From the second the game starts you’ll feel like you’re watching an episode of the show. Everything looks perfect when compared to how the show looks. It’s not too hard to make it look the same since the art is arguably simplistic, but that doesn’t change the fact that I felt great running through the world of South Park. I also found it really nostalgic that whenever you load a saved game it has that little jingle you hear in the show when it returns from a commercial break. It was a perfect addition.
Very easy to pick up and play, which is good for a licensed game, but for a large scale RPG it tends to make things a bit too simplistic. Learning new ‘magic farts’ is a big pain sometimes. The description on how to do them is very simplistic so you think it’s easy, but you find yourself sitting there for much longer than you’d like to as they hold your hand in an attempt to walk you through it over and over only to have you mess up again. It’s pretty frustrating, luckily you only need to do is a handful of times throughout the game. The battle system is the best part of the gameplay. Everything is turn-based and you hit the opponents harder when you time everything properly, similar to Paper Mario with timing the mallet smash or jump attack, except that everything in South Park is either a timed attack or has a little gimmick to it, which is fine as it keeps the battles from getting old or boring.
When you’re not fighting enemies you’re either watching hilarious cutscenes or wandering around the small mountain town of South Park. At first it’s awesome walking around South Park, since this is the first time I’d ever seen the town mapped out and been able to walk around familiar landmarks. The big problem here is that it’s really not that fun once you’ve walked around once. It’s nice that Timmy offers a quick travel system, but other than that you really just want to get to the next scene or next quest. Side quests are funny but tend to feel a bit like busy work and collecting special items can grow old fast. Thanks to the game being a South Park game, wondering around the town countless times is still enjoyable because of the familiar faces and funny situations you find yourself in.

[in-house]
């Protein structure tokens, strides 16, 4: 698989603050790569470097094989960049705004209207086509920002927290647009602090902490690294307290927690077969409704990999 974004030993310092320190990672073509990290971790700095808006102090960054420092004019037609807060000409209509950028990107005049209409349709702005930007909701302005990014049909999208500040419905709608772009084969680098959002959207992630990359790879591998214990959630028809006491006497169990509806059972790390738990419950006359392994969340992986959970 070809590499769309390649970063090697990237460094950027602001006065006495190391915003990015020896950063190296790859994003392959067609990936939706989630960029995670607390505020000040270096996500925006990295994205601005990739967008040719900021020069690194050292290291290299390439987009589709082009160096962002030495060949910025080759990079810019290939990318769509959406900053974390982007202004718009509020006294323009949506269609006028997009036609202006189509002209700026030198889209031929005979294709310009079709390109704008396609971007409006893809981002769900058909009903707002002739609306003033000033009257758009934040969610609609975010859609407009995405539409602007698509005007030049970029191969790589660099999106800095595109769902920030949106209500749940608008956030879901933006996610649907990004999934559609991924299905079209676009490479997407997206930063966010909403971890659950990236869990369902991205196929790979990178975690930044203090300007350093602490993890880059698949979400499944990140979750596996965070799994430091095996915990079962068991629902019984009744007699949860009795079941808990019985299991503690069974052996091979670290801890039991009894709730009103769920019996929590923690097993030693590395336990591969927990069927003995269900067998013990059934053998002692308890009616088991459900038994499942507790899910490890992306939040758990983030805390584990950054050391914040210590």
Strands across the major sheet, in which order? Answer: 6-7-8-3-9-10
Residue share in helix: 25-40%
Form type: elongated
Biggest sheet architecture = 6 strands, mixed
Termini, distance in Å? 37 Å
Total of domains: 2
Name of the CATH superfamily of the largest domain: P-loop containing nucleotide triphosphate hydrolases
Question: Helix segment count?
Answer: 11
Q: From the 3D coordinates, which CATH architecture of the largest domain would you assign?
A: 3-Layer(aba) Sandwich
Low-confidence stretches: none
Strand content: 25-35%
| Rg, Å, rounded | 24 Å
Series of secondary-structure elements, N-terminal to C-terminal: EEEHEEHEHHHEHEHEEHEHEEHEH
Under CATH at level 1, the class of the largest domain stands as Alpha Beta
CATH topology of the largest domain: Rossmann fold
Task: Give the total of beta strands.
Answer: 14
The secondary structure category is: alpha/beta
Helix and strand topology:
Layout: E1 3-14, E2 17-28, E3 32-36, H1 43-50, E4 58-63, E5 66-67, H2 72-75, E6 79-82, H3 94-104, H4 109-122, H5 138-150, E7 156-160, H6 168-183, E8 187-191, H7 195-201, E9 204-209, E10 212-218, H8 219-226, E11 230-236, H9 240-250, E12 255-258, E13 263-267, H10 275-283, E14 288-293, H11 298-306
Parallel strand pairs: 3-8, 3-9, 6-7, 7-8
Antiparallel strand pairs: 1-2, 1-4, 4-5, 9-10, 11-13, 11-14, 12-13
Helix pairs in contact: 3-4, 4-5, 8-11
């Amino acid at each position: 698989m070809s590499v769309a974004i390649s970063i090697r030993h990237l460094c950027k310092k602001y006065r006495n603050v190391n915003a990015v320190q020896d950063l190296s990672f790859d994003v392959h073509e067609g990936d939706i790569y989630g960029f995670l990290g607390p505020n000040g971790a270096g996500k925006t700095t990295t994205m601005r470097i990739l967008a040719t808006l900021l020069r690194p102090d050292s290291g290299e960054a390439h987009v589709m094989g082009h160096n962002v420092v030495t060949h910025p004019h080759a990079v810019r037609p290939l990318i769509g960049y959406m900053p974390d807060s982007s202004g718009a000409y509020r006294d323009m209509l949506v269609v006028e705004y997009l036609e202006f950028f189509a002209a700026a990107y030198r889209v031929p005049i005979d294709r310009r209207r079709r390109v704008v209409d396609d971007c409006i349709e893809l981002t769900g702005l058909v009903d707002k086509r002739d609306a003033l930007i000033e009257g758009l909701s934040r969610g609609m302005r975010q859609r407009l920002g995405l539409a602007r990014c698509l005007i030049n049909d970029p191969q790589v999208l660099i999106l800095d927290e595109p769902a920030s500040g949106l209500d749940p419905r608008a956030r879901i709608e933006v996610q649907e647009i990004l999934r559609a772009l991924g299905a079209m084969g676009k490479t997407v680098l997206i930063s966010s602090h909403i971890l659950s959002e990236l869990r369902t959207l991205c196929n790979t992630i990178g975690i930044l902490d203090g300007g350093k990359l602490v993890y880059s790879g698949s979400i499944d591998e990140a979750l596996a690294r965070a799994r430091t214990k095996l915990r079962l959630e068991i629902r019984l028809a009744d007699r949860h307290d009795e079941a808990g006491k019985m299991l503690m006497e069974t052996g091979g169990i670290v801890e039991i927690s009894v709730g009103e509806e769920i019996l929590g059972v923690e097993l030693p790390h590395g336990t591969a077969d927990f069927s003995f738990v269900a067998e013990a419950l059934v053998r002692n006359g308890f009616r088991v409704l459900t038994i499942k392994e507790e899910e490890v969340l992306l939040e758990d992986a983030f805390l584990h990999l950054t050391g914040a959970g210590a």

The Stick of Truth is like a good episode of South Park, in fact, I think I liked it better than the movie. The only problem here is that once you beat the game there really isn’t much to do when you come back. I can watch the movie over and over again because it’s a musical and the songs get stuck in my head, but the game is, again, like a good episode of the show. I can watch a good episode a few times but after a while it becomes that episode I’ve watched too many times. Also, the game really isn’t that long. For being an RPG I’d hoped it would have been longer or bigger, but I guess it was as big as you could really make a South Park game.
Voice acting is perfect because it’s straight from the show. Without giving away any of the story other characters who aren’t around anymore make an appearance, too, in the same fashion Chef did in the show when he joined NAMBLA. To top off the hilarious voice acting and characters the soundtrack is hilarious. Throughout the game you can hear various songs from the series playing from radios (such as one of Cartman’s Christian songs playing from a radio in his room and Fingerbang playing from one of the other radios in one of the other kids’ rooms), but the Lemmiwinks song that plays later in the game is perfect.
Developer: Obsidian Entertainment
Initial Release: March 4, 2014
Reviewed on: PS3
Also on: PC, Xbox 360, PS3, PS4, Xbox One , Switch
The Stick of Truth gives me hope for more games like it, for more licensed titles that will make their way onto game consoles, since they’re going to have licensed games anyway. Since this took so long to make its’ way onto store shelves I really don’t have any hopes of seeing a sequel any time soon but it still gives me hope for other franchises to follow its lead.